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Last edited 14 Jun 2022
2022 changes to fire safety guidance and building regulations
On 1 June 2022, changes to fire safety guidance and the building regulations were introduced to provide clearer fire safety rules for the design and construction of residential developments. The changes are intended to satisfy recommendations from Phase One of the Grenfell Tower Inquiry and will strengthen the information available to fire and rescue services.
New residential developments over 18m tall will also have to incorporate an Evacuation Alert System to help fire and rescue services inform residents of a change in evacuation strategy during an incident.
The government also introduced tougher standards for external wall materials on new medium-rise blocks of flats. They previously announced a ban on the use of combustible materials in and on the external walls of new blocks of flats over 18m in England, as well as hospitals, student accommodation and dormitories in boarding schools. The regulatory updates now see this ban extended to new hotels, hostels and boarding houses of this height.
New statutory guidance will also be introduced to restrict the combustibility of materials used in and on the external walls of residential buildings, between 11-18m in height. This will mean that lower risk developments between 11-18m meet necessary safety standards – while allowing designers and developers the flexibility to use environmentally friendly materials.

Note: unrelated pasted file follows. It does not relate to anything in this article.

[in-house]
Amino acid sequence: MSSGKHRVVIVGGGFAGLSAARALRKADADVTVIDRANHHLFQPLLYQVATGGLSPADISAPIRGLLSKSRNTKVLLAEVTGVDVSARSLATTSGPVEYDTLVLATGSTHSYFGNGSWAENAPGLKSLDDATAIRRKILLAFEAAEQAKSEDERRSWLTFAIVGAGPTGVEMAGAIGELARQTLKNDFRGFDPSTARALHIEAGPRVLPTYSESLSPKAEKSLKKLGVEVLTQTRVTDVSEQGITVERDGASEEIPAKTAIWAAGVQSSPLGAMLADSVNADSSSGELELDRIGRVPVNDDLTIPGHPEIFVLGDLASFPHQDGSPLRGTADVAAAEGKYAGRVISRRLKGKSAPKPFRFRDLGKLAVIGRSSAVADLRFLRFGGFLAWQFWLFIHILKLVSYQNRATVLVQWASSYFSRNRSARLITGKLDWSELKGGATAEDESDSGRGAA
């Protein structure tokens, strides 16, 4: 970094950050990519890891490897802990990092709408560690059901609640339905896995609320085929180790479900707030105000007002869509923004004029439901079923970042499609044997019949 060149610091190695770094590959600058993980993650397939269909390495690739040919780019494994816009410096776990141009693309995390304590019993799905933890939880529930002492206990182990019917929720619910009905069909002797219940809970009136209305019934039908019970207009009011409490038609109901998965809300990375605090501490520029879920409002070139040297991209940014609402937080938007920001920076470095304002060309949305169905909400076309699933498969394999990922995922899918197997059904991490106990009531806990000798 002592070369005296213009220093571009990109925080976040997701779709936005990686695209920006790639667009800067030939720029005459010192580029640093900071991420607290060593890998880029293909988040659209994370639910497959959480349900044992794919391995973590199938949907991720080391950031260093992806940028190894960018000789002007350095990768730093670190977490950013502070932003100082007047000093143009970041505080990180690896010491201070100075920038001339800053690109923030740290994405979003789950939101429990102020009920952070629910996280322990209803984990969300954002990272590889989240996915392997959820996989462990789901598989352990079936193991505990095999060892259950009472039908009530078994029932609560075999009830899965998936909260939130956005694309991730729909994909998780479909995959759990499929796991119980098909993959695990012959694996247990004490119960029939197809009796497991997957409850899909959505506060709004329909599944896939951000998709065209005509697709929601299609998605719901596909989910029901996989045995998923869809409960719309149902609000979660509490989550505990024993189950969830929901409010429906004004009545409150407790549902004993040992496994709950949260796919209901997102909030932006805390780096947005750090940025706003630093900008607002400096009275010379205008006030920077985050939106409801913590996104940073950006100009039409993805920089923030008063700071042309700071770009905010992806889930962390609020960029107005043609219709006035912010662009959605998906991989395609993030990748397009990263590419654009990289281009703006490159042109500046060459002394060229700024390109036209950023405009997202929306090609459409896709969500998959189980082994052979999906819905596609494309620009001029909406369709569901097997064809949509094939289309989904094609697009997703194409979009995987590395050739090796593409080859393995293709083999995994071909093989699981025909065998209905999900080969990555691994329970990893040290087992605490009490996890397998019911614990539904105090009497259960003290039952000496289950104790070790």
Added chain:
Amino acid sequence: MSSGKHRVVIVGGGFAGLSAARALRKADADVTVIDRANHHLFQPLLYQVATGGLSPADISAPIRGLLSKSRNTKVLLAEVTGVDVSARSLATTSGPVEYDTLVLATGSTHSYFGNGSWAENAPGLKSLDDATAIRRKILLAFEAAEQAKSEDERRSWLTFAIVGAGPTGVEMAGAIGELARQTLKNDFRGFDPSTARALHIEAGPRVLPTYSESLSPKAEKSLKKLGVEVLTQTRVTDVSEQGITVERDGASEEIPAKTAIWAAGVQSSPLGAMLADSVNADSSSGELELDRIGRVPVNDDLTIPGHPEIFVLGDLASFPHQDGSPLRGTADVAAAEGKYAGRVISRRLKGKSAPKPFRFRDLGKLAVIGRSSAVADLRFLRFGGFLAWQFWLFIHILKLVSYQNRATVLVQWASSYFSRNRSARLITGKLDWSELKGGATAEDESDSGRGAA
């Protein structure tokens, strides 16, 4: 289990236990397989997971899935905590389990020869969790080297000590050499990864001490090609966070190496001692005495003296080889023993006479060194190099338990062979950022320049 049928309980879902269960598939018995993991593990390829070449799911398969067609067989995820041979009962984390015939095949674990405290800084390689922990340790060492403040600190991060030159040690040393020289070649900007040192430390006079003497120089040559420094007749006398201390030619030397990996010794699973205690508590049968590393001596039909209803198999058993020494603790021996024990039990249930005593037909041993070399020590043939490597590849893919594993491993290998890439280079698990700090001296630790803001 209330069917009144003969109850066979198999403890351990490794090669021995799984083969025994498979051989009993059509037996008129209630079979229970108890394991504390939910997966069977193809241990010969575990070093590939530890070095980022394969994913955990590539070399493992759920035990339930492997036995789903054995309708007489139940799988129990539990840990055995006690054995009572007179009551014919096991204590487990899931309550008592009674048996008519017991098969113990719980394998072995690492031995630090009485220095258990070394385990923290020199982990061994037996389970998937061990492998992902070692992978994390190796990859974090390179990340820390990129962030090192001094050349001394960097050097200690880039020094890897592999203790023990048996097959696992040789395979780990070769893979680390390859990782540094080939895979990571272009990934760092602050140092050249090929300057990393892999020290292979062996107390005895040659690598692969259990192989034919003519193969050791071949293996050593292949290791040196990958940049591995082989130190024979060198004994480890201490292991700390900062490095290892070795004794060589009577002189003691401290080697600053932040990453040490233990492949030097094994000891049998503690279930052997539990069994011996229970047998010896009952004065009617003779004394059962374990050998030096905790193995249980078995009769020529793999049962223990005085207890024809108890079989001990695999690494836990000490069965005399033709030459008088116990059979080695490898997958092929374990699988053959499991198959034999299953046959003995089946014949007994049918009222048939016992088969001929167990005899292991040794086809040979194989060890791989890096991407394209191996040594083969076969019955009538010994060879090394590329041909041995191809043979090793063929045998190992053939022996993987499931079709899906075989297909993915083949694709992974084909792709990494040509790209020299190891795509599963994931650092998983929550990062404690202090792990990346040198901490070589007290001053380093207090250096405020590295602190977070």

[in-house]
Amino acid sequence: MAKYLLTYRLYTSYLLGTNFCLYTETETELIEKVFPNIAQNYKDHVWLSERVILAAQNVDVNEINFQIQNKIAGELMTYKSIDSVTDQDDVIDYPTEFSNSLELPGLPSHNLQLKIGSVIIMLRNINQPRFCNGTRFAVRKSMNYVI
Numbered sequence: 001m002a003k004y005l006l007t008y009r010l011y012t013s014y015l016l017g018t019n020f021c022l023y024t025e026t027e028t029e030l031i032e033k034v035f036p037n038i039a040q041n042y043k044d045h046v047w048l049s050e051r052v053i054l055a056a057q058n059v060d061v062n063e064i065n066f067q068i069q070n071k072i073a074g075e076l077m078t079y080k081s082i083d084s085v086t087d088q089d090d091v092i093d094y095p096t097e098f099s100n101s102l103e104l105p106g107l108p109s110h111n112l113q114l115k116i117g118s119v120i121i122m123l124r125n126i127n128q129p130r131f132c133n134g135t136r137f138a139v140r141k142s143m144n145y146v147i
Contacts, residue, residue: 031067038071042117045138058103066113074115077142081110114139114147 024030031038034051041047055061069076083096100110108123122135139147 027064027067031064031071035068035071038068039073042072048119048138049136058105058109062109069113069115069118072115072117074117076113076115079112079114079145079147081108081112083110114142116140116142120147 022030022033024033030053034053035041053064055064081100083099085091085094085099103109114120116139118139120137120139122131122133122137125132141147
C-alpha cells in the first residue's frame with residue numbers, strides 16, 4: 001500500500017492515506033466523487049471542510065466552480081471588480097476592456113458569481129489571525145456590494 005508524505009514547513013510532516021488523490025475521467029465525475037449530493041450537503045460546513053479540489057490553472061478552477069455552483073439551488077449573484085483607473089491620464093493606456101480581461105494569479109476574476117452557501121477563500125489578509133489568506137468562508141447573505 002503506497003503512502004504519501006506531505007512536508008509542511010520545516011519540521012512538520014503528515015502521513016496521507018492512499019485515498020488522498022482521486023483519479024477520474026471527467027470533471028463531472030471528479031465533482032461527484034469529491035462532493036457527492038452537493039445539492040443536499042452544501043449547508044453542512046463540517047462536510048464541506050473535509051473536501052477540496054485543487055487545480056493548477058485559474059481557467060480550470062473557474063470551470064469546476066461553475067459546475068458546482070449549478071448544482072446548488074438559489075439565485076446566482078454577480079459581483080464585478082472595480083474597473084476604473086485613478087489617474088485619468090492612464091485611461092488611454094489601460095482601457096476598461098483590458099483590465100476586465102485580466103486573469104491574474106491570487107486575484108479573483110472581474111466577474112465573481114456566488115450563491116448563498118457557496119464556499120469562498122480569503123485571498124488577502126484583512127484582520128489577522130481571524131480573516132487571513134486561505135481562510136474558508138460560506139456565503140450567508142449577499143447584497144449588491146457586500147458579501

Other updates to the regulations being put forward will:
- Include elements of solar shading devices within the scope of the ban.
- Amend the list of materials exempt from the ban to include fibre optic cables and insulation materials 300mm from ground level.
- Update the requirement of the ban to refer to the latest version of the British Standard classification for materials used on high-rise residential buildings.
- Temporarily exempt cavity trays.
- Amend the requirements for material change of use in buildings
Building and Fire Safety Minister Lord Greenhalgh said: “These changes will support our tough new regulatory regime – ensuring fire safety measures are incorporated into new high-rise homes and all new residential buildings meet the same safety standards.”
The National Fire Chief’s Council (NFCC) Protection and Business Safety Committee Chair, Gavin Tomlinson, said: “NFCC especially welcomes the introduction of emergency evacuation alert systems in new buildings over 18m. We also support the inclusion of Secure Information Boxes in buildings over 11m, which will give fire and rescue services access to important details about a building and its residents in the event of a fire. On the changes to building regulations, we are encouraged that unsafe MCM PE cladding panels are banned on all buildings and that the government has promised stronger safety standards for the use of combustible materials on external walls.”
- Approved Document L, volume 1: dwellings.
- Approved Document L, volume 2: buildings other than dwellings.
- Approved Document F, volume 1: dwellings.
- Approved Document F, volume 2: buildings other than dwellings.
- Approved Document O: Overheating
- Approved Document S, Infrastructure for the charging of electric vehicles.
The changes follow the Government’s response to the Future Homes Standard consultation and are part of the plan to move to net zero by 2050. These are intermediate changes, with a detailed technical consultation for the Future Buildings Standard due to begin in 2023, and further changes to the building regulations in 2025.
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